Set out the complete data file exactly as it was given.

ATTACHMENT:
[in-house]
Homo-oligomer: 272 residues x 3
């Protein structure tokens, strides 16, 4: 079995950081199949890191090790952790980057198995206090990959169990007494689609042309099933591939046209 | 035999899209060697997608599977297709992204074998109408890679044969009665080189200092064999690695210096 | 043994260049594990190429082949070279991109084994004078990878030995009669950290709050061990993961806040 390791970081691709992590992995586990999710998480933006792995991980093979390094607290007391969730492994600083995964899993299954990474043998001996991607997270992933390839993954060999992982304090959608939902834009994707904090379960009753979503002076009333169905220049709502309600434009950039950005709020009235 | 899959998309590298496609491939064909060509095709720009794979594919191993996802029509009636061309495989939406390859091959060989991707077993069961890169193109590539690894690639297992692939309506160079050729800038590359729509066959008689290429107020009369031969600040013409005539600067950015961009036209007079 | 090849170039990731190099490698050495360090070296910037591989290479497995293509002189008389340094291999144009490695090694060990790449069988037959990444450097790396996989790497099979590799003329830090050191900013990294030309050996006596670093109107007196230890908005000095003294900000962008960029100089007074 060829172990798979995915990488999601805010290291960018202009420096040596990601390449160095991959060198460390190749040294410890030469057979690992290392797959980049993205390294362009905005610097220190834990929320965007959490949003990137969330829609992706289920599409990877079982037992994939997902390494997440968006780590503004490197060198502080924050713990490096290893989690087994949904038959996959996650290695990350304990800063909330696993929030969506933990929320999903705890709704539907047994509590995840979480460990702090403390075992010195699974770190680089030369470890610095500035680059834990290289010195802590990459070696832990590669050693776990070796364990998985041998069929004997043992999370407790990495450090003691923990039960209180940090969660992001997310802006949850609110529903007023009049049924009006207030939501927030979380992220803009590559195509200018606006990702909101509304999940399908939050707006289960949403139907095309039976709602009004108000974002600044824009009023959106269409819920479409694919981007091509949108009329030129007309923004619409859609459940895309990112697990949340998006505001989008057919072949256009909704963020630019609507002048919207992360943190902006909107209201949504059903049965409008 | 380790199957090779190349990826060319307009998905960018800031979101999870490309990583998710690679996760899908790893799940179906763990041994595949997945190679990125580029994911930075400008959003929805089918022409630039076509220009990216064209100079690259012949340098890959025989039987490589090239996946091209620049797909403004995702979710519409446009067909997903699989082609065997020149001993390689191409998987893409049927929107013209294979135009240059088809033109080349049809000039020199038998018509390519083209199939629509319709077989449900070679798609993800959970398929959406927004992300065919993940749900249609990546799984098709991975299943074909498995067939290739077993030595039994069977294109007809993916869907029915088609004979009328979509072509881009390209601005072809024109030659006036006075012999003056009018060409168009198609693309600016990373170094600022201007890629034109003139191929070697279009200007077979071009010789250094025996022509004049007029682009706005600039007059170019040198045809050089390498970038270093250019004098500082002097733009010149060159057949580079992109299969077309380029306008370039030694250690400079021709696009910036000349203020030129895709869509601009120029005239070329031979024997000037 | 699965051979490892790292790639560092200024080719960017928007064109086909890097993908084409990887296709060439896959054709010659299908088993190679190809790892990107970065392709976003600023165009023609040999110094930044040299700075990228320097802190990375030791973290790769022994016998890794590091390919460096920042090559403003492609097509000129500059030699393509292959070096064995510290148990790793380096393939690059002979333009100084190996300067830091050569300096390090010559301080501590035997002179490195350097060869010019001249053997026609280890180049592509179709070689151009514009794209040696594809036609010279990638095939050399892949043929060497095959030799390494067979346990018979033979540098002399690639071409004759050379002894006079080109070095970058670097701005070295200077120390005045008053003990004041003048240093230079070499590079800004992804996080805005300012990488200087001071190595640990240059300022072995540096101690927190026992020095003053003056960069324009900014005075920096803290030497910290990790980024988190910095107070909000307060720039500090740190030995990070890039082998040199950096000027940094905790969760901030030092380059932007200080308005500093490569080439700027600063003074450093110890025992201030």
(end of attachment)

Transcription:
[in-house]
Homo-oligomer: 272 residues x 3
């Protein structure tokens, strides 16, 4: 079995950081199949890191090790952790980057198995206090990959169990007494689609042309099933591939046209 | 035999899209060697997608599977297709992204074998109408890679044969009665080189200092064999690695210096 | 043994260049594990190429082949070279991109084994004078990878030995009669950290709050061990993961806040 390791970081691709992590992995586990999710998480933006792995991980093979390094607290007391969730492994600083995964899993299954990474043998001996991607997270992933390839993954060999992982304090959608939902834009994707904090379960009753979503002076009333169905220049709502309600434009950039950005709020009235 | 899959998309590298496609491939064909060509095709720009794979594919191993996802029509009636061309495989939406390859091959060989991707077993069961890169193109590539690894690639297992692939309506160079050729800038590359729509066959008689290429107020009369031969600040013409005539600067950015961009036209007079 | 090849170039990731190099490698050495360090070296910037591989290479497995293509002189008389340094291999144009490695090694060990790449069988037959990444450097790396996989790497099979590799003329830090050191900013990294030309050996006596670093109107007196230890908005000095003294900000962008960029100089007074 060829172990798979995915990488999601805010290291960018202009420096040596990601390449160095991959060198460390190749040294410890030469057979690992290392797959980049993205390294362009905005610097220190834990929320965007959490949003990137969330829609992706289920599409990877079982037992994939997902390494997440968006780590503004490197060198502080924050713990490096290893989690087994949904038959996959996650290695990350304990800063909330696993929030969506933990929320999903705890709704539907047994509590995840979480460990702090403390075992010195699974770190680089030369470890610095500035680059834990290289010195802590990459070696832990590669050693776990070796364990998985041998069929004997043992999370407790990495450090003691923990039960209180940090969660992001997310802006949850609110529903007023009049049924009006207030939501927030979380992220803009590559195509200018606006990702909101509304999940399908939050707006289960949403139907095309039976709602009004108000974002600044824009009023959106269409819920479409694919981007091509949108009329030129007309923004619409859609459940895309990112697990949340998006505001989008057919072949256009909704963020630019609507002048919207992360943190902006909107209201949504059903049965409008 | 380790199957090779190349990826060319307009998905960018800031979101999870490309990583998710690679996760899908790893799940179906763990041994595949997945190679990125580029994911930075400008959003929805089918022409630039076509220009990216064209100079690259012949340098890959025989039987490589090239996946091209620049797909403004995702979710519409446009067909997903699989082609065997020149001993390689191409998987893409049927929107013209294979135009240059088809033109080349049809000039020199038998018509390519083209199939629509319709077989449900070679798609993800959970398929959406927004992300065919993940749900249609990546799984098709991975299943074909498995067939290739077993030595039994069977294109007809993916869907029915088609004979009328979509072509881009390209601005072809024109030659006036006075012999003056009018060409168009198609693309600016990373170094600022201007890629034109003139191929070697279009200007077979071009010789250094025996022509004049007029682009706005600039007059170019040198045809050089390498970038270093250019004098500082002097733009010149060159057949580079992109299969077309380029306008370039030694250690400079021709696009910036000349203020030129895709869509601009120029005239070329031979024997000037 | 699965051979490892790292790639560092200024080719960017928007064109086909890097993908084409990887296709060439896959054709010659299908088993190679190809790892990107970065392709976003600023165009023609040999110094930044040299700075990228320097802190990375030791973290790769022994016998890794590091390919460096920042090559403003492609097509000129500059030699393509292959070096064995510290148990790793380096393939690059002979333009100084190996300067830091050569300096390090010559301080501590035997002179490195350097060869010019001249053997026609280890180049592509179709070689151009514009794209040696594809036609010279990638095939050399892949043929060497095959030799390494067979346990018979033979540098002399690639071409004759050379002894006079080109070095970058670097701005070295200077120390005045008053003990004041003048240093230079070499590079800004992804996080805005300012990488200087001071190595640990240059300022072995540096101690927190026992020095003053003056960069324009900014005075920096803290030497910290990790980024988190910095107070909000307060720039500090740190030995990070890039082998040199950096000027940094905790969760901030030092380059932007200080308005500093490569080439700027600063003074450093110890025992201030």